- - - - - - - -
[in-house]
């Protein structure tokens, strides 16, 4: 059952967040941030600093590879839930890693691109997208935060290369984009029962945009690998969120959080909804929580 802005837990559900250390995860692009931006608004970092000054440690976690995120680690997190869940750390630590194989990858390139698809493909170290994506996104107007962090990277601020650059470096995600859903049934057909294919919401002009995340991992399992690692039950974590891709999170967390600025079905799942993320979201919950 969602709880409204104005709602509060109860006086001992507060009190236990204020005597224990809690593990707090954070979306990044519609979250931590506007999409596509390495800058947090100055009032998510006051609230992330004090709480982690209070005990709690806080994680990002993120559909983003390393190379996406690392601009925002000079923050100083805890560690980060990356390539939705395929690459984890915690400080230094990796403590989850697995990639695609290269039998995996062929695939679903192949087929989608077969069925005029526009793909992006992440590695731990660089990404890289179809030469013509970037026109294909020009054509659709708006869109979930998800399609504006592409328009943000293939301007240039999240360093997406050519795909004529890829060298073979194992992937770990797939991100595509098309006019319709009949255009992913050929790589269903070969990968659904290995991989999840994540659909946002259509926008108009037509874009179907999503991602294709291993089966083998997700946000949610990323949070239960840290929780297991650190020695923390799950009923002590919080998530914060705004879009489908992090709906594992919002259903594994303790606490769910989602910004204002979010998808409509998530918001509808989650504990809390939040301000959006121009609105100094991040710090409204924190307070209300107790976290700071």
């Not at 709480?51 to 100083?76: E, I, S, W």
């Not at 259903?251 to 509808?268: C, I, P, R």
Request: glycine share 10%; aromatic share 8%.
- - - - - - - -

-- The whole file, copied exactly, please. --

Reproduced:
[in-house]
């Protein structure tokens, strides 16, 4: 059952967040941030600093590879839930890693691109997208935060290369984009029962945009690998969120959080909804929580 802005837990559900250390995860692009931006608004970092000054440690976690995120680690997190869940750390630590194989990858390139698809493909170290994506996104107007962090990277601020650059470096995600859903049934057909294919919401002009995340991992399992690692039950974590891709999170967390600025079905799942993320979201919950 969602709880409204104005709602509060109860006086001992507060009190236990204020005597224990809690593990707090954070979306990044519609979250931590506007999409596509390495800058947090100055009032998510006051609230992330004090709480982690209070005990709690806080994680990002993120559909983003390393190379996406690392601009925002000079923050100083805890560690980060990356390539939705395929690459984890915690400080230094990796403590989850697995990639695609290269039998995996062929695939679903192949087929989608077969069925005029526009793909992006992440590695731990660089990404890289179809030469013509970037026109294909020009054509659709708006869109979930998800399609504006592409328009943000293939301007240039999240360093997406050519795909004529890829060298073979194992992937770990797939991100595509098309006019319709009949255009992913050929790589269903070969990968659904290995991989999840994540659909946002259509926008108009037509874009179907999503991602294709291993089966083998997700946000949610990323949070239960840290929780297991650190020695923390799950009923002590919080998530914060705004879009489908992090709906594992919002259903594994303790606490769910989602910004204002979010998808409509998530918001509808989650504990809390939040301000959006121009609105100094991040710090409204924190307070209300107790976290700071």
């Not at 709480?51 to 100083?76: E, I, S, W």
């Not at 259903?251 to 509808?268: C, I, P, R």
Request: glycine share 10%; aromatic share 8%.